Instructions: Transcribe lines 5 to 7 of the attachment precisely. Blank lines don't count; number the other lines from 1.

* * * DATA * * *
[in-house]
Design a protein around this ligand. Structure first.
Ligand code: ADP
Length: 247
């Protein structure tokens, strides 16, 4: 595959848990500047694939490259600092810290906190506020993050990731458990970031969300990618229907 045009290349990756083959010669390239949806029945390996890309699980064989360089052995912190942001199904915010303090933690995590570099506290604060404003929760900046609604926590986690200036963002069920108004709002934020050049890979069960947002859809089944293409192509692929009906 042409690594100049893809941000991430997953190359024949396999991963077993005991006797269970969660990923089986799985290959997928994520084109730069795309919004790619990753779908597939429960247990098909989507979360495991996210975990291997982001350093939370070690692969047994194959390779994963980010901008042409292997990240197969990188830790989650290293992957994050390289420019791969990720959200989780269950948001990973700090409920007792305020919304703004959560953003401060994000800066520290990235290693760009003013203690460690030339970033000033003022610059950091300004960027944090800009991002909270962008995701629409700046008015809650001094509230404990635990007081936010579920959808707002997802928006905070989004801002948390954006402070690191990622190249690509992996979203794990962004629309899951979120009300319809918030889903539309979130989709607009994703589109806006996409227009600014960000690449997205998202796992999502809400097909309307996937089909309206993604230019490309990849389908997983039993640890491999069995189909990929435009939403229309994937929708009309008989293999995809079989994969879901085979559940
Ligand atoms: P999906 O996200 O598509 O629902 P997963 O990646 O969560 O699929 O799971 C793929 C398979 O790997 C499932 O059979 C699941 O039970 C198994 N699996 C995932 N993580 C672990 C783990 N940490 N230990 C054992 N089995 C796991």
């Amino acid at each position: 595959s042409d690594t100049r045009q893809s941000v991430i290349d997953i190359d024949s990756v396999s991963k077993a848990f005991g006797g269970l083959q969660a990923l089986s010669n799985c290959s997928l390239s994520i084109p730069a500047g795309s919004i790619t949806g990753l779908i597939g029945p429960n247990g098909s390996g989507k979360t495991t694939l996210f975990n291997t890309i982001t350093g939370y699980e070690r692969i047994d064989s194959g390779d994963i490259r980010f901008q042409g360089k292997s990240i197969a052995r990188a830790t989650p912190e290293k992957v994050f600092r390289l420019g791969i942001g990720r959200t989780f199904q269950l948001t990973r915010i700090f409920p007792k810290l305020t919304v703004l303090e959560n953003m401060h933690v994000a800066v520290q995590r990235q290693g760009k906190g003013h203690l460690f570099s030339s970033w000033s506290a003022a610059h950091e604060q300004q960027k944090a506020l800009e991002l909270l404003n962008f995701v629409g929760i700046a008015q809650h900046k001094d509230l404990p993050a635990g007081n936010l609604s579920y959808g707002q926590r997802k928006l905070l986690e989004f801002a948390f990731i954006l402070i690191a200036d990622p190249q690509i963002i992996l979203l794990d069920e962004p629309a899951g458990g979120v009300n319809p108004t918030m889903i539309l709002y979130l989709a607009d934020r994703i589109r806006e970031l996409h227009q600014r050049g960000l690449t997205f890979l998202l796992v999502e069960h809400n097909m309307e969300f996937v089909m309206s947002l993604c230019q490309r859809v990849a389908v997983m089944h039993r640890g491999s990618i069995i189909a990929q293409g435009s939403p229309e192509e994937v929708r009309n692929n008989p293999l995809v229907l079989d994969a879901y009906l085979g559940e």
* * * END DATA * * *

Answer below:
């Protein structure tokens, strides 16, 4: 595959848990500047694939490259600092810290906190506020993050990731458990970031969300990618229907 045009290349990756083959010669390239949806029945390996890309699980064989360089052995912190942001199904915010303090933690995590570099506290604060404003929760900046609604926590986690200036963002069920108004709002934020050049890979069960947002859809089944293409192509692929009906 042409690594100049893809941000991430997953190359024949396999991963077993005991006797269970969660990923089986799985290959997928994520084109730069795309919004790619990753779908597939429960247990098909989507979360495991996210975990291997982001350093939370070690692969047994194959390779994963980010901008042409292997990240197969990188830790989650290293992957994050390289420019791969990720959200989780269950948001990973700090409920007792305020919304703004959560953003401060994000800066520290990235290693760009003013203690460690030339970033000033003022610059950091300004960027944090800009991002909270962008995701629409700046008015809650001094509230404990635990007081936010579920959808707002997802928006905070989004801002948390954006402070690191990622190249690509992996979203794990962004629309899951979120009300319809918030889903539309979130989709607009994703589109806006996409227009600014960000690449997205998202796992999502809400097909309307996937089909309206993604230019490309990849389908997983039993640890491999069995189909990929435009939403229309994937929708009309008989293999995809079989994969879901085979559940
Ligand atoms: P999906 O996200 O598509 O629902 P997963 O990646 O969560 O699929 O799971 C793929 C398979 O790997 C499932 O059979 C699941 O039970 C198994 N699996 C995932 N993580 C672990 C783990 N940490 N230990 C054992 N089995 C796991």
């Amino acid at each position: 595959s042409d690594t100049r045009q893809s941000v991430i290349d997953i190359d024949s990756v396999s991963k077993a848990f005991g006797g269970l083959q969660a990923l089986s010669n799985c290959s997928l390239s994520i084109p730069a500047g795309s919004i790619t949806g990753l779908i597939g029945p429960n247990g098909s390996g989507k979360t495991t694939l996210f975990n291997t890309i982001t350093g939370y699980e070690r692969i047994d064989s194959g390779d994963i490259r980010f901008q042409g360089k292997s990240i197969a052995r990188a830790t989650p912190e290293k992957v994050f600092r390289l420019g791969i942001g990720r959200t989780f199904q269950l948001t990973r915010i700090f409920p007792k810290l305020t919304v703004l303090e959560n953003m401060h933690v994000a800066v520290q995590r990235q290693g760009k906190g003013h203690l460690f570099s030339s970033w000033s506290a003022a610059h950091e604060q300004q960027k944090a506020l800009e991002l909270l404003n962008f995701v629409g929760i700046a008015q809650h900046k001094d509230l404990p993050a635990g007081n936010l609604s579920y959808g707002q926590r997802k928006l905070l986690e989004f801002a948390f990731i954006l402070i690191a200036d990622p190249q690509i963002i992996l979203l794990d069920e962004p629309a899951g458990g979120v009300n319809p108004t918030m889903i539309l709002y979130l989709a607009d934020r994703i589109r806006e970031l996409h227009q600014r050049g960000l690449t997205f890979l998202l796992v999502e069960h809400n097909m309307e969300f996937v089909m309206s947002l993604c230019q490309r859809v990849a389908v997983m089944h039993r640890g491999s990618i069995i189909a990929q293409g435009s939403p229309e192509e994937v929708r009309n692929n008989p293999l995809v229907l079989d994969a879901y009906l085979g559940e």